P.E.I. Potato Board heralds environmental record

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This graphic depicts water use in P.E.I.

The P.E.I. Potato Board says it’s time for the public to move past the history and look at what today’s potato growers are doing to protect the environment.

Gary Linkletter, chairman of the P.E.I. Potato Board, emphasizes that “potato farmers of today have learned a lot from past challenges and are making tangible changes in production practices in order to farm in a more environmentally sustainable fashion.”

In a news release, Linkletter says P.E.I. farmers have the highest level of enhanced environmental farm planning in Canada and also farm under the most stringent environmental legislation in Canada.

“This means P.E.I. potato growers meet and often exceed both voluntarily developed and regulated standards that are higher than any other farmers in the country,” said Linkletter.

Through collaborative effort between potato growers and the P.E.I. Department of Agriculture, construction of soil conservation structures has resulted in 1.1 million feet of terraces, 2.1 million feet of grassed waterways and 270,000 feet of farmable berms.

Potato growers also use a wide range of other tools to improve environmental sustainability, Linkletter said.

The approaches include use of buffer zones and set aside of sensitive land, nutrient management, strip cropping, crop rotation and residue-tillage equipment, new and lower input potato varieties and integrated pest management.

Another initiative, Farming 4R Island, partners with other industry players to foster beneficial management practices that protect soil quality and reduce nitrate levels.

“Today’s grower is looking to be more efficient, more effective and be more environmental responsible. That’s why we’re interested in supplemental irrigation. The Department of the Environment has indicated that agricultural irrigation accounts for only one per cent of total water usage,” said Linkletter, as he and the potato board continue lobbying for deep-water wells in the province. 

“Some preliminary studies performed as part of the nitrate pilot project with the Kensington North Watershed Group in 2013 showed an 11.5 per cent increase in income per acre with supplemental irrigation due to increased marketable yields, while another test from the same study showed a reduction in average residual nitrate levels by 31.4 per cent. That’s very encouraging information for people interested in having a viable potato industry while trying to be even more environmentally responsible.”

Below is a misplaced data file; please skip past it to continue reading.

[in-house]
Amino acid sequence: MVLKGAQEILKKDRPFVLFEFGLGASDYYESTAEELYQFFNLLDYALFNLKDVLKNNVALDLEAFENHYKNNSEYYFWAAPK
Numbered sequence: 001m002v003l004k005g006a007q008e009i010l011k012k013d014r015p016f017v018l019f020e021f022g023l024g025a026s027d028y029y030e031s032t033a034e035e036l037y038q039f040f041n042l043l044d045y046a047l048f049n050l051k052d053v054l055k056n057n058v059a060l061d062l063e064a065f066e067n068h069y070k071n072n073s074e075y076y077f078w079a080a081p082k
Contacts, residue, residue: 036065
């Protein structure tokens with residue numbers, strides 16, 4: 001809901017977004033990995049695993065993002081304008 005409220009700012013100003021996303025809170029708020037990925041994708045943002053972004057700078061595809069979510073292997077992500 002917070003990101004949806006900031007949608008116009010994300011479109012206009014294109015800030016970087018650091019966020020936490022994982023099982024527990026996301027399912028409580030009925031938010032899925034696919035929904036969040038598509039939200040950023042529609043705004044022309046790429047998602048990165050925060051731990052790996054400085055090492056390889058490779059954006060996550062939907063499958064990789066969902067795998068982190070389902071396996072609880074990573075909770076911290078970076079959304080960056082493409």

Organizations: P.E.I. Potato Board, P.E.I. Department of Agriculture, Kensington North Watershed Group

Geographic location: Canada

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Recent comments

    March 21, 2014 - 16:12

    If farmers have learned a lot from past challenges, then why are we still having yearly fish kills? Also, if they protect the land like they say they do, why do we need deep water wells? Simply, because Cavendish Farms say they do. The quality of the land is so poor, it hardly suports the growth of potatoes, let alon bigasize french fries.

  • Oh Really
    March 21, 2014 - 16:02

    Gary Linkletter, chairman of the P.E.I. Potato Board, emphasizes that “potato farmers of today have learned a lot from past challenges and are making tangible changes in production practices in order to farm in a more environmentally sustainable fashion.” Seems he conveniently forgot to include the sentence, "so long as we make more money " If we "forget" the past, as they hope we will, it'll only be repeated!

  • Maureen Kerr
    March 21, 2014 - 15:55

    Poor land stewardship on PEI: rivers running red, exploding nitrate levels, anoxic estuaries, shellfish closures, fish kills, ecosystem degradation. This advertorial isn't fooling anyone. Get real info on deep water wells at PEIwater.com

  • Not Swallowing It
    March 21, 2014 - 14:18

    The potato board has one interest and one interest only, that's money. This is a bunch of bull. The industry is destroying the soil and the water and I fear for what's left of our water if people don't start to speak out and speak out LOUD!

  • Tired Taxpayer
    March 21, 2014 - 13:36

    I can not get past the fact that for years potato processing plants have been dumping millions of gallons of waste water in Northumberland Strait and NO ONE can get an honest answer from government OR these plants .The PEIFA has a big dog and pony show every year where they go to the end of the outfall pipe and take the water temperature !They should be checking the SALINITY of the water as lobster can not survive in brackish water .Look at the potato flake plant in souris ,when they stopped pumping water there when the plant closed lobster came back. I know I waste my time saying this, as I have for about 20 years, because government does not want to hear it and at the end of the day government owns and runs the PEIFA.

  • francis cash
    March 21, 2014 - 12:42

    Linkletter Farms web site says farm grows 1500 acres of potatoes. If the average size field was 30 acres this would mean 50 deep water wells four this farm alone. Now lets look at the big picture 80.000 acres on PEI under irrigation do the math water water everywhere and not a drop to drink!!!

  • Mitch MacKinnon
    March 21, 2014 - 11:40

    I didn't see a byline on this article on your web version of The Guardian Newspaper. Does this mean that Gary Linkletter is now a staff reporter for your newspaper?

  • Joe Smoe
    March 21, 2014 - 11:26

    I used to fish streams on this island that do not exist anymore. Streams filled in with runoff from potato fields. Nearly every heavy rain we have results in fish kills. They are destroying our water supply and our health. Nothing is going make me believe the potato industry is doing anything to improve anything but their profits.